As a woman in ancient Israel, it was her duty to prepare the meals. Bread was such a common part of their diet that it was often referred to as food in general. Thus milling and preparing the wheat or flour was also a major responsibility. Each house made their own, and it took possibly 2-3 hours of hard labor every day to make enough to feed a family with five. The first recorded milling was done with a pestle and mortar (stone quern). This usually left tiny bits of grit inside the flour. On occasion, the dough was made with the flour from legumes (Ezekiel 4:9). In The Mishna (Hallah 2:2) talks about dough formed with fruit juice in place of water. The sugar from the juice worked with the flour and water to add leavening and made it taste sweeter. The Israelites at times included fennel and cumin in the dough, then dipped it in vinegar, olive or sesame oil for more taste (Ruth 2:14).
After the flour was ready, it was combined with water and kneaded inside a large trough. With dough made out of wheat flour, starter (seor) was added. The starter was made by setting aside a tiny amount of dough from the last batch to soak up the yeasts in the air and contribute to leavening the current dough. That is where the sourdough flavor comes from. This can be referred to as wild yeast. Here is a link that has more information on how to catch it.
Once the dough was made, it was cooked in different ways: At first it was put right on the hot stones of a cooking fire or in a griddle or pan formed from clay or iron (Leviticus 7:9). During the time of the First Temple, there were 2 ways the oven was used for baking bread: the ‘jar oven’ and the ‘pit oven’. The jar-oven was a huge clay pot that was smaller at the opening in the top; a fire was started on the inside to get it hot, and the dough was put against the outer part to cook. The pit-oven was a pottery lined hole in the ground that was heated with a fire that was put aside, and the dough was baked on top of the hot clay. Others started a ‘convex dome’ that began as earthenware and afterward metal, above the pit-oven and baking the flatbreads on top of the dome instead of on the clay covered in ash; which was most likely the machabat referred to in the Bible. It is usually interpreted to mean “griddle”.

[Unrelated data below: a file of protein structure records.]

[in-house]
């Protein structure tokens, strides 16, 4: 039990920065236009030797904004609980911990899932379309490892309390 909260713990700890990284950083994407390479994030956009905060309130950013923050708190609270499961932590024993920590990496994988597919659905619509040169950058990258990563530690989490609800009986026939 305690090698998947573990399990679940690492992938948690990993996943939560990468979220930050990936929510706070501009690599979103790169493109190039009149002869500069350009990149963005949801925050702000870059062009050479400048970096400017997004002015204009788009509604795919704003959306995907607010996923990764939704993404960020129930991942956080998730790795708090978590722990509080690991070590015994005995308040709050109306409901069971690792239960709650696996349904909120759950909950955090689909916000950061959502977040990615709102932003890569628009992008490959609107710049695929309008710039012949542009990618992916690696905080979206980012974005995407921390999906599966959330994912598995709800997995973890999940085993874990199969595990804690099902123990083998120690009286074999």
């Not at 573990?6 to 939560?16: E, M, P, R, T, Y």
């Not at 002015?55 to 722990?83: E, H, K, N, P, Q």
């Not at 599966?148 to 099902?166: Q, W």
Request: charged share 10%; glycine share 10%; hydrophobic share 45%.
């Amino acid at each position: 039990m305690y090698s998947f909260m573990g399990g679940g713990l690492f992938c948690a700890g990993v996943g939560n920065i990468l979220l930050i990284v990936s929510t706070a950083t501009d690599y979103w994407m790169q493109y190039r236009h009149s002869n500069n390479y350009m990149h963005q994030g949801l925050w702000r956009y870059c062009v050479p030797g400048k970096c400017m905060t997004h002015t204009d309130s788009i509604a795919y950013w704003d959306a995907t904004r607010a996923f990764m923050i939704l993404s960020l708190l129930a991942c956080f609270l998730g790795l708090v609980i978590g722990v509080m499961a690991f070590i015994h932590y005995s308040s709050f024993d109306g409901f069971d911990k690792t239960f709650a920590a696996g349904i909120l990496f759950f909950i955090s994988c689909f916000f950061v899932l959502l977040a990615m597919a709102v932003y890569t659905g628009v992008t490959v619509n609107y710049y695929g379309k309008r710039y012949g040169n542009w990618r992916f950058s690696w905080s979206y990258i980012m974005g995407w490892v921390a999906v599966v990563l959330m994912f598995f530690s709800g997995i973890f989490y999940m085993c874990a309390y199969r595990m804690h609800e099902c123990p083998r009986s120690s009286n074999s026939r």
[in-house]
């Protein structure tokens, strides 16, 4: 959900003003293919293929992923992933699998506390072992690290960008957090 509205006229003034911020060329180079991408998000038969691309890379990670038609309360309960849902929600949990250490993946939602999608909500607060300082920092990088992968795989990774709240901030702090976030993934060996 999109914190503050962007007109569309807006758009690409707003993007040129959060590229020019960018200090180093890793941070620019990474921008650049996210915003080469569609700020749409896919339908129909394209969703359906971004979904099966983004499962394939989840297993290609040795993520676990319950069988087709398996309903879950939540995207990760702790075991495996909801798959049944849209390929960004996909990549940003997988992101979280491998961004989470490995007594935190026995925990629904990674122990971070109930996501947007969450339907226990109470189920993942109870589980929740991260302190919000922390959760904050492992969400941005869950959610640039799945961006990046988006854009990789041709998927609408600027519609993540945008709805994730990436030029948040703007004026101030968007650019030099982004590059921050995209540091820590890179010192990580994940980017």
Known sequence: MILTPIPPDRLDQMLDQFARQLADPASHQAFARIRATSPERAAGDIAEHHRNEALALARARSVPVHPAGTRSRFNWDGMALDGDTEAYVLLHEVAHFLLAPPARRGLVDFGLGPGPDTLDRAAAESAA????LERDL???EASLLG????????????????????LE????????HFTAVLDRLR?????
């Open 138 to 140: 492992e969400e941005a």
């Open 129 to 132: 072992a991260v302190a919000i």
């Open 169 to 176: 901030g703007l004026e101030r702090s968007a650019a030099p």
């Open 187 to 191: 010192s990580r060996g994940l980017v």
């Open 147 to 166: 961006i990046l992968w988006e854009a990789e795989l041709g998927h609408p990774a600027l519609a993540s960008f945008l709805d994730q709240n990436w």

Persians brought about a clay oven known as ‘tanur’ (much like the Native American word ‘tandoor’), that had an opening in the bottom for heat. Then the dough was put there to be cooked in the inside wall of the top section from the fire of the oven and ashes when the fire had gone out. This was used until the Yemenite Jews cooked bread in today’s day. Remnants of the ovens and pieces of cooking trays have been discovered in many places.
The Romans came up with a stove referred to as a ‘furn’ (Talmudic Aramaic – ‘purni’). This was a big wood-burning oven lined with stone and the baking pan was placed on the bottom to cook. This was a key upgrade in baking and made it possible to form thicker loaves of bread.
http://pixabay.com/en/bread-farmer-s-bread-baked-frisch-74216/ http://commons.wikimedia.org/wiki/File:O2_1449_Zubereitung_von_Speisen_2013.JPG http://en.wikipedia.org/wiki/Ancient_Israelite_cuisine#mediaviewer/File:Meule_et_broyeur_-_Orgnac.JPG http://commons.wikimedia.org/wiki/File:Clay_oven_in_T%C5%99eb%C3%AD%C4%8D_district,_Czech_Republic.JPG